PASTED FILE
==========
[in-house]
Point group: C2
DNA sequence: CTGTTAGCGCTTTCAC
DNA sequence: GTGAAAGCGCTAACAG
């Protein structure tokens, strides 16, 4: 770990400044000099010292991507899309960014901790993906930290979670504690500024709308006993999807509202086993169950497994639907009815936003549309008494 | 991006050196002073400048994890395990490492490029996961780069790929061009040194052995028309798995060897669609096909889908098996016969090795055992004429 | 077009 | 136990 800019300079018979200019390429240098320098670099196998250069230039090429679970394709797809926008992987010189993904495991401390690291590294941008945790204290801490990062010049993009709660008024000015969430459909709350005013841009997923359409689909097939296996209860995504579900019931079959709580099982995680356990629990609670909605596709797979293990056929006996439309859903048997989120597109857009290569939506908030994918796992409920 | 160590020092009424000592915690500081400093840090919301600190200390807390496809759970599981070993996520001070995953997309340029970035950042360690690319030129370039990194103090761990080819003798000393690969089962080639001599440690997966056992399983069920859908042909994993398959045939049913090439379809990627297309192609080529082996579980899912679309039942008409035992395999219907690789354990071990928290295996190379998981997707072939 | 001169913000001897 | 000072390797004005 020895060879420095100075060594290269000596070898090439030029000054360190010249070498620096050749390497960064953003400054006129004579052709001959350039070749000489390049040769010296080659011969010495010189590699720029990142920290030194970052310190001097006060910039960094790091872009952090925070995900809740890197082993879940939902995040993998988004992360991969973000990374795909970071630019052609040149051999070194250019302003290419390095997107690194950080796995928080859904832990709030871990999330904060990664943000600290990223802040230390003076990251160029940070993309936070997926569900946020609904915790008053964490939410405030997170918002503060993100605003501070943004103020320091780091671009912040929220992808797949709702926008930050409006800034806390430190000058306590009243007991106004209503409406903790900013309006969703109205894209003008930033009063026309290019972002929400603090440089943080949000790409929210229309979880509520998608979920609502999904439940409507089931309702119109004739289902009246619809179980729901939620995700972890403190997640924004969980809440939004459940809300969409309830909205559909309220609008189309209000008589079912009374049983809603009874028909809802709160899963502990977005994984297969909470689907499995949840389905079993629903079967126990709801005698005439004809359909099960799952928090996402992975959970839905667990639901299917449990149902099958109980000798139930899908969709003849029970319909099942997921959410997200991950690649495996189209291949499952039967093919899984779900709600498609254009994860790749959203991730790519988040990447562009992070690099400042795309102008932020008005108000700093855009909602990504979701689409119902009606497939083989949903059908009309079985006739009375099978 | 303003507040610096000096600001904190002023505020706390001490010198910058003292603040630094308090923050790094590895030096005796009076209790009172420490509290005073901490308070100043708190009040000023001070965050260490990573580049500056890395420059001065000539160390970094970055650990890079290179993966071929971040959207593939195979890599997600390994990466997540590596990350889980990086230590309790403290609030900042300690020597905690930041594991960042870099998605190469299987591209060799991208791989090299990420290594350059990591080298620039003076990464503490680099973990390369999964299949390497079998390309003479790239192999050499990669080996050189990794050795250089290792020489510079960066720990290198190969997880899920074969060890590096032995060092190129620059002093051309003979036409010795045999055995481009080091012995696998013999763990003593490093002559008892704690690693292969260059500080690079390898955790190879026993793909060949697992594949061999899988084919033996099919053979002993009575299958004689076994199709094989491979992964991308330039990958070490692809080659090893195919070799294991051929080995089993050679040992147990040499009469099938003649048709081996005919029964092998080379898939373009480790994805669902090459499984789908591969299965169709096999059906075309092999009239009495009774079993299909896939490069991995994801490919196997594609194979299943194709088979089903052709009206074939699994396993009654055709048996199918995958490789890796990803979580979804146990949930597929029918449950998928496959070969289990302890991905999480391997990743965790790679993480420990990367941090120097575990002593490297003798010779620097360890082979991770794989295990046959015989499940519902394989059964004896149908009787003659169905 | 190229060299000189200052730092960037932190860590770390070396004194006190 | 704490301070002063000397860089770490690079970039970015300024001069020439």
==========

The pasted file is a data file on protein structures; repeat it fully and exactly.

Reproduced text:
[in-house]
Point group: C2
DNA sequence: CTGTTAGCGCTTTCAC
DNA sequence: GTGAAAGCGCTAACAG
């Protein structure tokens, strides 16, 4: 770990400044000099010292991507899309960014901790993906930290979670504690500024709308006993999807509202086993169950497994639907009815936003549309008494 | 991006050196002073400048994890395990490492490029996961780069790929061009040194052995028309798995060897669609096909889908098996016969090795055992004429 | 077009 | 136990 800019300079018979200019390429240098320098670099196998250069230039090429679970394709797809926008992987010189993904495991401390690291590294941008945790204290801490990062010049993009709660008024000015969430459909709350005013841009997923359409689909097939296996209860995504579900019931079959709580099982995680356990629990609670909605596709797979293990056929006996439309859903048997989120597109857009290569939506908030994918796992409920 | 160590020092009424000592915690500081400093840090919301600190200390807390496809759970599981070993996520001070995953997309340029970035950042360690690319030129370039990194103090761990080819003798000393690969089962080639001599440690997966056992399983069920859908042909994993398959045939049913090439379809990627297309192609080529082996579980899912679309039942008409035992395999219907690789354990071990928290295996190379998981997707072939 | 001169913000001897 | 000072390797004005 020895060879420095100075060594290269000596070898090439030029000054360190010249070498620096050749390497960064953003400054006129004579052709001959350039070749000489390049040769010296080659011969010495010189590699720029990142920290030194970052310190001097006060910039960094790091872009952090925070995900809740890197082993879940939902995040993998988004992360991969973000990374795909970071630019052609040149051999070194250019302003290419390095997107690194950080796995928080859904832990709030871990999330904060990664943000600290990223802040230390003076990251160029940070993309936070997926569900946020609904915790008053964490939410405030997170918002503060993100605003501070943004103020320091780091671009912040929220992808797949709702926008930050409006800034806390430190000058306590009243007991106004209503409406903790900013309006969703109205894209003008930033009063026309290019972002929400603090440089943080949000790409929210229309979880509520998608979920609502999904439940409507089931309702119109004739289902009246619809179980729901939620995700972890403190997640924004969980809440939004459940809300969409309830909205559909309220609008189309209000008589079912009374049983809603009874028909809802709160899963502990977005994984297969909470689907499995949840389905079993629903079967126990709801005698005439004809359909099960799952928090996402992975959970839905667990639901299917449990149902099958109980000798139930899908969709003849029970319909099942997921959410997200991950690649495996189209291949499952039967093919899984779900709600498609254009994860790749959203991730790519988040990447562009992070690099400042795309102008932020008005108000700093855009909602990504979701689409119902009606497939083989949903059908009309079985006739009375099978 | 303003507040610096000096600001904190002023505020706390001490010198910058003292603040630094308090923050790094590895030096005796009076209790009172420490509290005073901490308070100043708190009040000023001070965050260490990573580049500056890395420059001065000539160390970094970055650990890079290179993966071929971040959207593939195979890599997600390994990466997540590596990350889980990086230590309790403290609030900042300690020597905690930041594991960042870099998605190469299987591209060799991208791989090299990420290594350059990591080298620039003076990464503490680099973990390369999964299949390497079998390309003479790239192999050499990669080996050189990794050795250089290792020489510079960066720990290198190969997880899920074969060890590096032995060092190129620059002093051309003979036409010795045999055995481009080091012995696998013999763990003593490093002559008892704690690693292969260059500080690079390898955790190879026993793909060949697992594949061999899988084919033996099919053979002993009575299958004689076994199709094989491979992964991308330039990958070490692809080659090893195919070799294991051929080995089993050679040992147990040499009469099938003649048709081996005919029964092998080379898939373009480790994805669902090459499984789908591969299965169709096999059906075309092999009239009495009774079993299909896939490069991995994801490919196997594609194979299943194709088979089903052709009206074939699994396993009654055709048996199918995958490789890796990803979580979804146990949930597929029918449950998928496959070969289990302890991905999480391997990743965790790679993480420990990367941090120097575990002593490297003798010779620097360890082979991770794989295990046959015989499940519902394989059964004896149908009787003659169905 | 190229060299000189200052730092960037932190860590770390070396004194006190 | 704490301070002063000397860089770490690079970039970015300024001069020439």